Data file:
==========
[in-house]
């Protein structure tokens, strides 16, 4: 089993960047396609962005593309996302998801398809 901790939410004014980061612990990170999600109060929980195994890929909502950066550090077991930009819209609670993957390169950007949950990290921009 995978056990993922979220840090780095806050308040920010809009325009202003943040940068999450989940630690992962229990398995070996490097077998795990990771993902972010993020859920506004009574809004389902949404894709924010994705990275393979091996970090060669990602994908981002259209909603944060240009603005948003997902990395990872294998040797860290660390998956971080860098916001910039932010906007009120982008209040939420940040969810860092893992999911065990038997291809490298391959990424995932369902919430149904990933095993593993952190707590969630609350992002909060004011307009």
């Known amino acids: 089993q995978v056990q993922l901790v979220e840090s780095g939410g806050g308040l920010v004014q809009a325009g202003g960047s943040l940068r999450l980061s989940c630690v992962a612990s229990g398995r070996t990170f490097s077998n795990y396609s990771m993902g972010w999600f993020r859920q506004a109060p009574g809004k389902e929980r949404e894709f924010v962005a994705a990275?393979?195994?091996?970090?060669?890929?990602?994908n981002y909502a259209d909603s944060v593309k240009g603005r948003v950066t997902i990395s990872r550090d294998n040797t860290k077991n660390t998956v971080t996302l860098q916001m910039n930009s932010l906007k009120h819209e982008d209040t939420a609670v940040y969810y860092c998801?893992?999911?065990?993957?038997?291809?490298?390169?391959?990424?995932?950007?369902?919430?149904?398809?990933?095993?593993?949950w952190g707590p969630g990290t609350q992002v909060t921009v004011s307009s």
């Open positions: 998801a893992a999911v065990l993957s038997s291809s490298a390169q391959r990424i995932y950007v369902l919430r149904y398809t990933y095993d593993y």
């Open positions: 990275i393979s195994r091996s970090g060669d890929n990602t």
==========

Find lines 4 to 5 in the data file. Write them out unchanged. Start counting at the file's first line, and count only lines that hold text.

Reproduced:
């Open positions: 998801a893992a999911v065990l993957s038997s291809s490298a390169q391959r990424i995932y950007v369902l919430r149904y398809t990933y095993d593993y």
């Open positions: 990275i393979s195994r091996s970090g060669d890929n990602t």